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Sounds like a plan, I for one have been tempted with that conversion myself. Just wonder if the end result in the real world would do that much better. Sure would make brass easier to come by what with all the .308 out there that could be used.
 

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It would be neat but I wonder something? If you cut a .358 Win barrel back to 20" from the 26 for the listed velocity in that article you are running about 2250. I can get pretty close to there handloading the .35 Rem.

And since most .358 factory loads use pointy bullets, making this a reloaders rifle, is the neat factor worth it?
 

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Montanan, there are a few things you need to know. First, some of the velocity data is a bit suspect in that article. The 336 action is not up to the pressures of the .358 Winchester, IMO, and don't be misled by the fact that .307 and .356 pressures are listed at 52,000 CUP. This leads to the mistaken assumption that this is the same pressure as the .358 runs at. All CUP means is the figure for pressure is undefined, and most likely much lower than .358 levels (Keep in mind that psi figures have never been published for the .356). Remember-traditional leverguns have poor safety features in the event of a blown primer, and you need more margin in working pressure. You should consider equalling .356 velocities and no more with the 336. Most likely, this is around 46,000 psi, and plenty high enough. The true .358 loads go well past that.

Documented firings of high pressure loads in rear locking guns such as the Marlin and SMLE show short case life and head separations when they are loaded to bolt gun levels. This is why the leverguns are loaded to lower levels in the first place. There is just too much spring in the bolt to withstand 62,000 psi, which is front locking boltgun pressure. It should be properly confined to guns of that type.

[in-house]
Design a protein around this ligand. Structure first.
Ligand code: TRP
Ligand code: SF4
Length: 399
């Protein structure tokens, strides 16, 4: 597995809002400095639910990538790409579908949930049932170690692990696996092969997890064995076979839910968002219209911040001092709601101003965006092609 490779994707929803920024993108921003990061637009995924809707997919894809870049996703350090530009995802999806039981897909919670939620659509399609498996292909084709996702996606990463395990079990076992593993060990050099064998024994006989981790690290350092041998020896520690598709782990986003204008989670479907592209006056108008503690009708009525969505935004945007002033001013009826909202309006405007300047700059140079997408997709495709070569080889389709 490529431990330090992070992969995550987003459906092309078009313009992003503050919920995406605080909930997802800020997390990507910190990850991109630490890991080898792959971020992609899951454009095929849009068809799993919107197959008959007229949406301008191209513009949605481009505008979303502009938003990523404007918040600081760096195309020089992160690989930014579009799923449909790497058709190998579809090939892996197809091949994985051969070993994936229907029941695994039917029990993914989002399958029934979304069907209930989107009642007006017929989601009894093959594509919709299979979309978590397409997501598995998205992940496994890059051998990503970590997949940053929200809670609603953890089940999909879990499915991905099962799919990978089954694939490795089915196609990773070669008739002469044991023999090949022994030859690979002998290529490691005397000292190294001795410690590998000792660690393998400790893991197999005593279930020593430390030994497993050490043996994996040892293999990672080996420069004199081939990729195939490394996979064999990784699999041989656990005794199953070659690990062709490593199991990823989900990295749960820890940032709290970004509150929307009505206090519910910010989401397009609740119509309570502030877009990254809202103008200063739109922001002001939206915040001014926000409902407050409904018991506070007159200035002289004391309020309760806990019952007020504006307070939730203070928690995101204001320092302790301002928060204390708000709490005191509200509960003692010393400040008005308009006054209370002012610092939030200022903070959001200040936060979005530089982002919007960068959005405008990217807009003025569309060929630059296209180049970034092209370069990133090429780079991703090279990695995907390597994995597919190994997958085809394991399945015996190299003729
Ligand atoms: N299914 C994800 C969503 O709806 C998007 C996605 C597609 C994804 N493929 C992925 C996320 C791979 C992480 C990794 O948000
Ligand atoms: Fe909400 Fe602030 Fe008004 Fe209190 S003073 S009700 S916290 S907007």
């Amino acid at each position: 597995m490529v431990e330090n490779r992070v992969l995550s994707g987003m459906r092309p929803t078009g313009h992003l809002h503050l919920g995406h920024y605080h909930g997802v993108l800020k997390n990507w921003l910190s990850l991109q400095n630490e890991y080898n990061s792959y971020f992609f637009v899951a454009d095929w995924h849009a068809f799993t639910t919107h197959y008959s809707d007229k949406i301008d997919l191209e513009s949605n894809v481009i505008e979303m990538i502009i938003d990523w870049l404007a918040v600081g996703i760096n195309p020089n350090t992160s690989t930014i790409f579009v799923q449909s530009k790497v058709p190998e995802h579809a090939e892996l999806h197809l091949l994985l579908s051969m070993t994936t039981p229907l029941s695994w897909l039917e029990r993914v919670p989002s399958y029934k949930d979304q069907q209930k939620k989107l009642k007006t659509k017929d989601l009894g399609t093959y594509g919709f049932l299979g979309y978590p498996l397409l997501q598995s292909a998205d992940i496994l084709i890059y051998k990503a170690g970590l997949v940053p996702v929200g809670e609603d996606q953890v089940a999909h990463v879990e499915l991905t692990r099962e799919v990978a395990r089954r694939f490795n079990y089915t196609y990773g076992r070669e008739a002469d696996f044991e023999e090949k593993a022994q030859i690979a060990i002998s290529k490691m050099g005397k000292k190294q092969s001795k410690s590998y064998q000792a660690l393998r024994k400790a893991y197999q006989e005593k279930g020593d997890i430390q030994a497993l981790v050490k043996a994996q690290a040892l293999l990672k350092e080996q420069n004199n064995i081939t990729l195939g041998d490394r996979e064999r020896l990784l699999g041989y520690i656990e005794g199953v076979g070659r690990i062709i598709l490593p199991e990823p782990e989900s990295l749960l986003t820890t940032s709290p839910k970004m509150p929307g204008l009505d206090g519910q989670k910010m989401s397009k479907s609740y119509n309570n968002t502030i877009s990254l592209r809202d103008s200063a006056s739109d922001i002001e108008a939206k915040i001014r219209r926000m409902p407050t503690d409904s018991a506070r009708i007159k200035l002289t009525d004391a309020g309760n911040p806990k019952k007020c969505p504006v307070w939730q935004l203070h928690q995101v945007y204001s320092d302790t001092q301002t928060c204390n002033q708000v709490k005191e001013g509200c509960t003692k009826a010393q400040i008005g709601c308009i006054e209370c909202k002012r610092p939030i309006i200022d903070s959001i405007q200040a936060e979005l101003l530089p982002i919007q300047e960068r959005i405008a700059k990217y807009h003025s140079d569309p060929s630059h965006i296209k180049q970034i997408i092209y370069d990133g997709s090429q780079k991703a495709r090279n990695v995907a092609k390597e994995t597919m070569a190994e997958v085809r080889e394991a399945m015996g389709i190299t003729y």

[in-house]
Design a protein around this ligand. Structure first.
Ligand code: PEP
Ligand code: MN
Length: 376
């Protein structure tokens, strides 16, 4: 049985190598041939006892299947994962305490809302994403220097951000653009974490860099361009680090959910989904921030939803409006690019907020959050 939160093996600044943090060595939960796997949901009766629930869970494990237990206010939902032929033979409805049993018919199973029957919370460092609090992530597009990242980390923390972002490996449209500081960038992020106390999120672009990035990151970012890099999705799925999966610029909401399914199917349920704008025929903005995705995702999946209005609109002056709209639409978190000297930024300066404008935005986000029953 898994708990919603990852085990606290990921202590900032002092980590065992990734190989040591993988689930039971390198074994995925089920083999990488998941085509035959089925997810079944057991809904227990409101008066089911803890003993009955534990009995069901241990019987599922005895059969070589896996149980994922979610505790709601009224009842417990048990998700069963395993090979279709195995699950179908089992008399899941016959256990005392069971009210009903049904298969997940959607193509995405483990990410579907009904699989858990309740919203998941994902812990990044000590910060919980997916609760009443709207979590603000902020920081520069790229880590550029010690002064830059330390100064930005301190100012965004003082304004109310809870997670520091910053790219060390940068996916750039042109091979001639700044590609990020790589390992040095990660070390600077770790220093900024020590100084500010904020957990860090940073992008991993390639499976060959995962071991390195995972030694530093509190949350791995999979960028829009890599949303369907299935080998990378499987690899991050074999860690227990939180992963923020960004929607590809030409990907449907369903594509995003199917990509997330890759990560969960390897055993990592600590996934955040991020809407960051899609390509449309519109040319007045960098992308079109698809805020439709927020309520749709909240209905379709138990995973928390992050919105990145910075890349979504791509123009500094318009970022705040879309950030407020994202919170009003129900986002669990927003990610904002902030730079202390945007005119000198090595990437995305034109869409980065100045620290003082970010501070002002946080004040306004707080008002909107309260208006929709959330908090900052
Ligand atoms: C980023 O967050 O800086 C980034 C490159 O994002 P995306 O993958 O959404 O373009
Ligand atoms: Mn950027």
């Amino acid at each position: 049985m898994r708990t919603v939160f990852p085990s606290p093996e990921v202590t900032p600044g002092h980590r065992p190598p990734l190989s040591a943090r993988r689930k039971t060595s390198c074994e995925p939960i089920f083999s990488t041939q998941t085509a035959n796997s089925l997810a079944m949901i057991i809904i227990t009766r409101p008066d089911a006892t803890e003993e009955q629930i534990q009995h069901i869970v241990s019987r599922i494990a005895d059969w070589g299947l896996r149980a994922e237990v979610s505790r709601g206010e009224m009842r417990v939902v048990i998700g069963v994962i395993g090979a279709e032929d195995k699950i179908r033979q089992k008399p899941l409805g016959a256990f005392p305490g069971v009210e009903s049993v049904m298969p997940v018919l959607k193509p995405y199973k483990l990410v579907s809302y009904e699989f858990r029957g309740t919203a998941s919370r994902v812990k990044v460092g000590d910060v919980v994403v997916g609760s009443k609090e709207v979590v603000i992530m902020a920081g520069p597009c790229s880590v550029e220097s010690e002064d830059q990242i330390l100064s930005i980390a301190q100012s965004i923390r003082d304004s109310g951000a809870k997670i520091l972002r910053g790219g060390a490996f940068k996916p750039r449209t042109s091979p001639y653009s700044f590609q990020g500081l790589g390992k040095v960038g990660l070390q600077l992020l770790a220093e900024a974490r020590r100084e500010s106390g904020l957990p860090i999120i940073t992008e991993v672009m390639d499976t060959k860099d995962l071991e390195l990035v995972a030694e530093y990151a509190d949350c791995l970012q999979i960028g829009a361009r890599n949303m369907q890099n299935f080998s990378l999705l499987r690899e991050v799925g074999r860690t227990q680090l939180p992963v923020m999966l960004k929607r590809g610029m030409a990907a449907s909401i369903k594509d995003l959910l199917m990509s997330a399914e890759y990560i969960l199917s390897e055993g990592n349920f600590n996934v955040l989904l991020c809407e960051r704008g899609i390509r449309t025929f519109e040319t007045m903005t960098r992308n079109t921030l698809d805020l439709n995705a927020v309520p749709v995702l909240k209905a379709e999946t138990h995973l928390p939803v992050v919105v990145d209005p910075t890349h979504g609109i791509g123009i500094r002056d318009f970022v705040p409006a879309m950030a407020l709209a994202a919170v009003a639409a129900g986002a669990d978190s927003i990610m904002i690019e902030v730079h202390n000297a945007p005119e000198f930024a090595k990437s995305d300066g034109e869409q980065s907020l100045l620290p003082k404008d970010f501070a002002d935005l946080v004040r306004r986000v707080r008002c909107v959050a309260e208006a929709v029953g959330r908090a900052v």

Finally, the other thing the article neglects to tell you is that none of the 200 RN's or 250 grain bullets will work through the action. This is because the overall length of the cartridge must be below 2.57 inches, and all of the 200 RN's and 250's exceed that when crimped in the cannelure in the .358 case. Since bullet diameter gets smaller ahead of the cannelure, crimping in a new location closer to the bullet nose is not an option, because there would be a gap between bullet and case mouth, reducing neck tension. You can't crimp effectively on reduced bullet diameter. Notice how you didn't see any other bullet than his 147 grain 9mm bullet (a crappy choice for those velocities, unquestionably. Talk about a blow up bullet) loaded in the case?

If you decide to check my assertion and try loading a round over 2.57", be prepared to remove the lever and bolt to get the round out of the gun.

I suppose you could enlarge the ejection port, but the carrier may need to be modified too. He didn't say squat about that, and I suspect there's a lot of other things he hasn't told us. I would be very, very interested in case life produced with his loads (notice that he didn't give us any?) Also, like Bman said, the claimed velocity was for a 26 inch barrel in his table. A 20 inch will be substantially less. His pictured gun was a 20 inch. If he's equalling Whelen velocities with 200 grain bullets in a 20 inch barrelled 336 he's a fool.

If you like the 180 and 220 Speer, they will work. If you like those bullets and are willing to load to .356 levels, then you may be in business. If you want to duplicate .358 pressure levels and use 200 RN's or 250's, you're pursuing a dead end. Case life will suck, and you'll be beating the gun to death. Your eyeballs could be next.

Sorry to sugarcoat it like this, but that article is one of the most misleading bits of drivel posted anywhere.
 

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Discussion Starter · #5 ·
35remington